How ACTIFUSE Bone Graft Substitute Works

How ACTIFUSE Bone Graft Substitute Works

The patented silicate substitution process facilitates natural bone remodeling.

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What the Data Says

What the Data Says

Review the key studies on ACTIFUSE Bone Graft Substitute in more detail.

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The ACTIFUSE Bone Graft Substitute Advantage

The ACTIFUSE Advantage

Comparison to Iliac Crest

ACTIFUSE Bone Graft Substitute has shown similar fusion rates in comparison to iliac crest in both a clinically relevant ovine PLF model*4 as well as in retrospective human study (vs historical controls).5

Comparison to Autograft
  • Quantitative CT demonstrates total fusion volume against time in a preclinical ovine PLF model.*4
  • No statistical differences were detected between treatment groups (p<0.05) (n=9 per group).
Distinctive and Versatile

Distinctive and Versatile

Distinctive and versatile handling characteristics that support surgeon technique.

  • Sculptable consistency ensures an ability to address the unique contours of each defect.
  • Resistant to irrigation.*6

Optimal Silicon Level*1

0.8 wt% silicon shown to be optimal for accelerated bone formation.

Optimal Silicon Level
  • BGS samples were implanted into the lower femur of rabbits with surgically created osseous defects (4.8 ± 0.3 mm diameter, 6–7 mm length).
  • The sample size was n=4 per implant retrieval time point.
  • Histomorphometry, using point counting, was used to determine the normalized bone volume percentage.
  • For the 0.8 wt% silicon group, there was a statistically significant increase in bone volume from Week 3 to 12 (p<0.05) and from Week 6 to 12 (p<0.005).

Increased Cell Attachment*2

Significantly more cells attach to ACTIFUSE Bone Graft Substitute than calcium phosphate.

Increased Cell Attachment
  • Cell attachment was measured on discs incubated with osteoblast-like cells.
  • For discs cultured in SFM (serum-free medium) with a 1 hour precondition in C-MEM (complete medium), cell attachment on ACTIFUSE Bone Graft Substitute was statistically significant compared to calcium phosphate at all time points until 90 minutes of incubation (p<0.001).

Accelerated Bone Formation*3

In a preclinical model comparing ACTIFUSE Bone Graft Substitute to ß-TCP and dense calcium sulfate, ACTIFUSE Bone Graft Substitute treated animals had greater new normalized bone volume.

Accelerated Bone Formation
  • BGS samples were implanted into the subchondral bone of the femoral condyle of New Zealand White rabbits, with surgically created defects (4.8 ± 0.3 mm diameter, 6–7 mm length).
  • The sample size was n=4 per BGS per time point.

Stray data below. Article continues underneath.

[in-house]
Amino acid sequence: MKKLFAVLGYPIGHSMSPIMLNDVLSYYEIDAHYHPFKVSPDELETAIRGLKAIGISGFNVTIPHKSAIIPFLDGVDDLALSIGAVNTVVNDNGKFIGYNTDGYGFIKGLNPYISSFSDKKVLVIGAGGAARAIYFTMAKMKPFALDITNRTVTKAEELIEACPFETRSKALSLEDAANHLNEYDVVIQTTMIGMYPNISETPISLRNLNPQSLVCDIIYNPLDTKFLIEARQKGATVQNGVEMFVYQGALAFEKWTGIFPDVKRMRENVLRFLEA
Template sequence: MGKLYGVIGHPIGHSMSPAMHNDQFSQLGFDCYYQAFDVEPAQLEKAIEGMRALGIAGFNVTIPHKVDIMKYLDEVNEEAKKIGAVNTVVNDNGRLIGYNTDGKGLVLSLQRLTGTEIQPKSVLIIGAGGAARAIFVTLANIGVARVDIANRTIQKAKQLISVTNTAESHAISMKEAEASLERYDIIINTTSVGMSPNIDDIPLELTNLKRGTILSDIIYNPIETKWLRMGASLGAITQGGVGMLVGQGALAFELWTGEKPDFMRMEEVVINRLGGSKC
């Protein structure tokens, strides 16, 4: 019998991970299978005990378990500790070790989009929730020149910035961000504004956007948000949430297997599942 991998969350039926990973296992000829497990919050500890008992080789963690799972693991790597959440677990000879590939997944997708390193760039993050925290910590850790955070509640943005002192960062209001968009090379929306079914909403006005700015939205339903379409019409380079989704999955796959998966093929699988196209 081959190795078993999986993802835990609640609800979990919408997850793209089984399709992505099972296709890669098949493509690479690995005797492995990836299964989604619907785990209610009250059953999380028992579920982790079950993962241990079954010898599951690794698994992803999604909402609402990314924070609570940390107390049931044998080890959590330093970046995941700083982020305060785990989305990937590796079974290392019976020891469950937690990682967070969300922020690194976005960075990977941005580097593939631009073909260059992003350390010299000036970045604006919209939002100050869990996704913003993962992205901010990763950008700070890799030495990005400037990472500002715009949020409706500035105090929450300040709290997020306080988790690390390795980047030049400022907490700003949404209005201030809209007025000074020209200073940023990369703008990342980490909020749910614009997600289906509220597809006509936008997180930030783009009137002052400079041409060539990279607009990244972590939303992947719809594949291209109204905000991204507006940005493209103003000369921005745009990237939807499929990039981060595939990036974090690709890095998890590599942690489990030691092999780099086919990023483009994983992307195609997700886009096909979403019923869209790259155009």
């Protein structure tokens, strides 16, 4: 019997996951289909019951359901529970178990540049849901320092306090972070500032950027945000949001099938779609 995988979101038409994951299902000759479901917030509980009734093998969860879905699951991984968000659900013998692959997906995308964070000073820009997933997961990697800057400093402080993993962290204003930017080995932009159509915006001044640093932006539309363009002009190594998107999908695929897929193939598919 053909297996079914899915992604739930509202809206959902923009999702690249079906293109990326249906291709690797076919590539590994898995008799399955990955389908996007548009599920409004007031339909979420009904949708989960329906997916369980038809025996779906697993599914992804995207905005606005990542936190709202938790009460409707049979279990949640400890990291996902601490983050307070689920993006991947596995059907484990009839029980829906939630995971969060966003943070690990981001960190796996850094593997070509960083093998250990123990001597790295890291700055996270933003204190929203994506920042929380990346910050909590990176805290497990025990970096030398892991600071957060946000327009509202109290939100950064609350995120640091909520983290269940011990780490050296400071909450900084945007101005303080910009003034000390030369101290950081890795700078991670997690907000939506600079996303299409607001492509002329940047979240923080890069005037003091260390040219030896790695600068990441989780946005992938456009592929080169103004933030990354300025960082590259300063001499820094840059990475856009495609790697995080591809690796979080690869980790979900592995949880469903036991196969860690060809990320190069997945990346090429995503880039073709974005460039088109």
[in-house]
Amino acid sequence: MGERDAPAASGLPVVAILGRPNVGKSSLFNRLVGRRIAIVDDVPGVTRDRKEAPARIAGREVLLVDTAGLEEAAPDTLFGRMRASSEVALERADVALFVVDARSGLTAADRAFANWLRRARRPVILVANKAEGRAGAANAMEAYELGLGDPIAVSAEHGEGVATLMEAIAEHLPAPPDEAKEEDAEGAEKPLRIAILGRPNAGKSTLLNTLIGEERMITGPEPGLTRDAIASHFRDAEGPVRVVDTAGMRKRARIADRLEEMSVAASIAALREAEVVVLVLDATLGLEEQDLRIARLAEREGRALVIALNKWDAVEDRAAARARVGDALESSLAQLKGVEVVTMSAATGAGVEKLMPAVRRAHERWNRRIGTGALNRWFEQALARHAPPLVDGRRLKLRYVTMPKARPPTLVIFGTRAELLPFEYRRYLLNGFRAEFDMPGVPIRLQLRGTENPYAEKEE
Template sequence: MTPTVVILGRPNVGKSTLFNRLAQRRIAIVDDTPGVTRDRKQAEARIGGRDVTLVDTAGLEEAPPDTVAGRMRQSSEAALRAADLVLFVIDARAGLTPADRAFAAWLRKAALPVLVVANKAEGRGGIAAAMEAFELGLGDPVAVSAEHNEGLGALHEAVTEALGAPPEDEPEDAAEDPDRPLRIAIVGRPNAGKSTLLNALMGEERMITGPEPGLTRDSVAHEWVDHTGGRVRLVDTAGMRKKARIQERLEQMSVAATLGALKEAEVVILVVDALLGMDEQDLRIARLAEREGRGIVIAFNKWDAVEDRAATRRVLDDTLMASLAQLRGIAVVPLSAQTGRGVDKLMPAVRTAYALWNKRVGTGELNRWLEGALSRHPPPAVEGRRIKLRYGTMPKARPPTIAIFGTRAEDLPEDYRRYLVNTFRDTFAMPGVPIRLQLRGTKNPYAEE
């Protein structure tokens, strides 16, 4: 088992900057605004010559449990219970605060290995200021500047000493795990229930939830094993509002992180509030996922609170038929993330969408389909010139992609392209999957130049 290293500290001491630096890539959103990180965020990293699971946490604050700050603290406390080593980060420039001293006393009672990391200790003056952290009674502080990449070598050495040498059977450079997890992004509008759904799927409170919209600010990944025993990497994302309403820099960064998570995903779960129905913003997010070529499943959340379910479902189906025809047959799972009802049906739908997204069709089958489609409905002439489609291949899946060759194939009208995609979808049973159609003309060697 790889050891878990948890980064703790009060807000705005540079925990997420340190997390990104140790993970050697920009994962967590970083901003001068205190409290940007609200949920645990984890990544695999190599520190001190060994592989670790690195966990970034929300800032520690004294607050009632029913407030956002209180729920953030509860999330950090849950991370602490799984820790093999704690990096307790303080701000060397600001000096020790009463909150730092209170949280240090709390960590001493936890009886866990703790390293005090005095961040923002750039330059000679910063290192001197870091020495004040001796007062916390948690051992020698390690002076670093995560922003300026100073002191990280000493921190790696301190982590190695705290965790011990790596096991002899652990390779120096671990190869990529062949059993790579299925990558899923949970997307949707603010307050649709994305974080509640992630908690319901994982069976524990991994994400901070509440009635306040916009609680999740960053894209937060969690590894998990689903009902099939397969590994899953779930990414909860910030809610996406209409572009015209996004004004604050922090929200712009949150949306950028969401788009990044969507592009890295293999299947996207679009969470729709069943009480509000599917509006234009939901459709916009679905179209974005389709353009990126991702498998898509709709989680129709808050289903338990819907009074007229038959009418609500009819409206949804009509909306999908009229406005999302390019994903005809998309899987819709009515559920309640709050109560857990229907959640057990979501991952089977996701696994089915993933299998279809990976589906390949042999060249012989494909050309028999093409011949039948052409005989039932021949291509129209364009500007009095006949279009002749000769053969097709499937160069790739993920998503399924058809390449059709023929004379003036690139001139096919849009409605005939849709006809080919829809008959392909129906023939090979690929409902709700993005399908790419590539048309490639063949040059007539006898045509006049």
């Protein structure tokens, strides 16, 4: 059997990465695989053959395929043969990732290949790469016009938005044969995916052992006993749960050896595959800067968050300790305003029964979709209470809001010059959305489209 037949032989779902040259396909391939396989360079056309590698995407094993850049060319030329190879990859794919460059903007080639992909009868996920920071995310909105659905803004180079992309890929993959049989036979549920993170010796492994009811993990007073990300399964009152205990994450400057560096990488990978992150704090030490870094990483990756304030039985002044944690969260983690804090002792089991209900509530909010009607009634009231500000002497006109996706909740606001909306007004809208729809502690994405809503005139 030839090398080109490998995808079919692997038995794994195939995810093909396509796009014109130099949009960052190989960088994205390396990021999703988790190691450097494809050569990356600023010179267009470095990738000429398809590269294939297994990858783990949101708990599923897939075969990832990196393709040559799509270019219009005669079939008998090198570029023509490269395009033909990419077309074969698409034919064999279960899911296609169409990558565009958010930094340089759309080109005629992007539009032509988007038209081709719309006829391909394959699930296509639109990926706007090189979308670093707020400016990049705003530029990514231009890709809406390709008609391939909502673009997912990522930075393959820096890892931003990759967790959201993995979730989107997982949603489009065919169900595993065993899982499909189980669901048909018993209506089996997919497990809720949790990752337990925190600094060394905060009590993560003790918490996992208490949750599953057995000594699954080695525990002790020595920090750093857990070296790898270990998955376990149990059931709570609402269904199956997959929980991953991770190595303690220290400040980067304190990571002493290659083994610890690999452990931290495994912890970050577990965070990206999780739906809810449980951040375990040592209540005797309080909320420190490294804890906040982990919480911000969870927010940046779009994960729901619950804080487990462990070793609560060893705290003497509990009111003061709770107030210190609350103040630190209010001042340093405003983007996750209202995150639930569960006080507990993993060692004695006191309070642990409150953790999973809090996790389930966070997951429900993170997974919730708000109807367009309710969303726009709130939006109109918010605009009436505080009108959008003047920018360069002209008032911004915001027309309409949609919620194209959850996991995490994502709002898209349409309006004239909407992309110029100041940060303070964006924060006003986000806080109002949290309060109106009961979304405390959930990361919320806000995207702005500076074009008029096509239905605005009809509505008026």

• Histomorphometry, using point counting, was used to determine the bone graft substitute volume.
  • The inter-treatment comparison of mean levels of percent normalized bone volume at specific time points showed consistently greater levels within ACTIFUSE Bone Graft Substitute-treated defects, reaching significance at 3 weeks (p<0.0001), 6 weeks (p<0.0001) and 12 weeks (p<0.05).

Natural Remodeling and Graft Resorption*3

The resorption of ACTIFUSE Bone Graft Substitute is physiologically appropriate: Like human bone, ACTIFUSE Bone Graft Substitute is remodeled via osteoclasts and osteoblasts rather than dissolving.

Natural Remodeling and Graph Resorption
  • BGS samples were implanted into subchondral bone of the femoral condyle of New Zealand White rabbits, with surgically created defects (4.8 ± 0.3 mm diameter, 6–7 mm length).
  • The sample size was n=4 per BGS per time point.
  • Histomorphometry, using point counting, was used to determine the bone graft substitute volume.
  • ACTIFUSE Bone Graft Substitute had a slower resorption rate from Weeks 1 to 6. A significant decrease in BGS volume was seen from 6 to 12 Weeks (p<0.0005).

*Preclinical data. Results may not correlate to performance in humans.

References:

  1. Hing KA, Revell PA, Smith N, Buckland T. Effect of silicon level on rate, quality and progression of bone healing within silicate-substituted porous hydroxyapatite scaffolds. Biomaterials. 2006;27(29):5014-5026.
  2. Guth, K, Campion C, Buckland T, Hing KA. Effect of silicate-substitution on attachment and early development of human osteoblast-like cells seeded on microporous hydroxyapatite discs. Adv Eng Mater. 2010;12(4):B77-B82.
  3. Hing KA, Wilson LF, Buckland T. Comparative performance of three ceramic bone graft substitutes. Spine J. 2007; 7(4):475-490.
  4. Wheeler DL, Jenis LG, Kovach ME, Marini J, Turner AS. Efficacy of silicated calcium phosphate graft in posterolateral lumbar fusion in sheep. Spine J. 2007; 7(3):308-317.
  5. Jenis LG, Banco RJ. Efficacy of silicate-substituted calcium phosphate ceramic in posterolateral instrumented lumbar fusion. Spine (Phila Pa 1976). 2010;35(20):E1058-E1063.
  6. Scaffold Content and Resistance to Irrigation of Several Bone Graft Substitute Materials, Campion. Data on file, Baxter Healthcare Corporation.